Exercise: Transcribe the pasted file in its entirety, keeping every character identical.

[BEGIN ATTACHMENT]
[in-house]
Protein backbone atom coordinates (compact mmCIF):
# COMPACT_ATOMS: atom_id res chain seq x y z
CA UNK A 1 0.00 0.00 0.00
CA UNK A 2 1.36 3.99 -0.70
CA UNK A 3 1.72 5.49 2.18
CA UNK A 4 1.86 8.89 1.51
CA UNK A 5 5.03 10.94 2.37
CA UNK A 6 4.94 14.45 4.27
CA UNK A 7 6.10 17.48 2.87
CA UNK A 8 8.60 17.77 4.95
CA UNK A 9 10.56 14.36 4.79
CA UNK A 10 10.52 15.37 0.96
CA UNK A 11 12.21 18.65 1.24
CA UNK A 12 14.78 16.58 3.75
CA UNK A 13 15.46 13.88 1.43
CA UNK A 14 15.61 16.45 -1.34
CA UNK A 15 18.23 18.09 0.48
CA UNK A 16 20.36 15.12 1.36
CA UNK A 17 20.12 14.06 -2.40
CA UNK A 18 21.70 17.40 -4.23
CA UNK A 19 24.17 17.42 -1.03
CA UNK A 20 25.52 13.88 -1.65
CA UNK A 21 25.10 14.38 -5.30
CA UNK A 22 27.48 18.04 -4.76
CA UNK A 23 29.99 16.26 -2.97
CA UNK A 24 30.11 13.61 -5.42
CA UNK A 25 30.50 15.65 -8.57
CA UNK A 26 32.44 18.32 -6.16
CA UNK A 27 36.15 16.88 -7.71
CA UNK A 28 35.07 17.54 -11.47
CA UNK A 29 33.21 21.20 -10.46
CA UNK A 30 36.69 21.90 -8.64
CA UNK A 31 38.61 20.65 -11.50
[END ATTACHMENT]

[in-house]
Protein backbone atom coordinates (compact mmCIF):
# COMPACT_ATOMS: atom_id res chain seq x y z
CA UNK A 1 0.00 0.00 0.00
CA UNK A 2 1.36 3.99 -0.70
CA UNK A 3 1.72 5.49 2.18
CA UNK A 4 1.86 8.89 1.51
CA UNK A 5 5.03 10.94 2.37
CA UNK A 6 4.94 14.45 4.27
CA UNK A 7 6.10 17.48 2.87
CA UNK A 8 8.60 17.77 4.95
CA UNK A 9 10.56 14.36 4.79
CA UNK A 10 10.52 15.37 0.96
CA UNK A 11 12.21 18.65 1.24
CA UNK A 12 14.78 16.58 3.75
CA UNK A 13 15.46 13.88 1.43
CA UNK A 14 15.61 16.45 -1.34
CA UNK A 15 18.23 18.09 0.48
CA UNK A 16 20.36 15.12 1.36
CA UNK A 17 20.12 14.06 -2.40
CA UNK A 18 21.70 17.40 -4.23
CA UNK A 19 24.17 17.42 -1.03
CA UNK A 20 25.52 13.88 -1.65
CA UNK A 21 25.10 14.38 -5.30
CA UNK A 22 27.48 18.04 -4.76
CA UNK A 23 29.99 16.26 -2.97
CA UNK A 24 30.11 13.61 -5.42
CA UNK A 25 30.50 15.65 -8.57
CA UNK A 26 32.44 18.32 -6.16
CA UNK A 27 36.15 16.88 -7.71
CA UNK A 28 35.07 17.54 -11.47
CA UNK A 29 33.21 21.20 -10.46
CA UNK A 30 36.69 21.90 -8.64
CA UNK A 31 38.61 20.65 -11.50